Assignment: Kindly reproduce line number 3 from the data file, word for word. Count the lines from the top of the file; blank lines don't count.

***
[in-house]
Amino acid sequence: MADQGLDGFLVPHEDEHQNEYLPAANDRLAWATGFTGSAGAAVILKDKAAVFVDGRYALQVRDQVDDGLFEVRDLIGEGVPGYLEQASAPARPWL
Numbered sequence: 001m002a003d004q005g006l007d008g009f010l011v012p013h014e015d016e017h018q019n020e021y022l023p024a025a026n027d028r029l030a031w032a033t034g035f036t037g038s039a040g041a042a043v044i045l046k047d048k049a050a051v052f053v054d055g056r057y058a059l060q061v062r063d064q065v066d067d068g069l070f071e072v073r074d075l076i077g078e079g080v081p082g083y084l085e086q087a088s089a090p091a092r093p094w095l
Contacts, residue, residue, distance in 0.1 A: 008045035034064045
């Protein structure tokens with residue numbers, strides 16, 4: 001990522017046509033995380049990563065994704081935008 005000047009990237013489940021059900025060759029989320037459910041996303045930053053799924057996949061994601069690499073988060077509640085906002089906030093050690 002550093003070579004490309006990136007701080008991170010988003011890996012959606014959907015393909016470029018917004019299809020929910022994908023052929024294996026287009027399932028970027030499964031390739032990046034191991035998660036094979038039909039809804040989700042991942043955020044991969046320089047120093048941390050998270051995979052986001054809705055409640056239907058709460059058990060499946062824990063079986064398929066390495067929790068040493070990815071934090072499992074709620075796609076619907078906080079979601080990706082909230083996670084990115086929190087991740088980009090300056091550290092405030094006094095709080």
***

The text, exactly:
Numbered sequence: 001m002a003d004q005g006l007d008g009f010l011v012p013h014e015d016e017h018q019n020e021y022l023p024a025a026n027d028r029l030a031w032a033t034g035f036t037g038s039a040g041a042a043v044i045l046k047d048k049a050a051v052f053v054d055g056r057y058a059l060q061v062r063d064q065v066d067d068g069l070f071e072v073r074d075l076i077g078e079g080v081p082g083y084l085e086q087a088s089a090p091a092r093p094w095l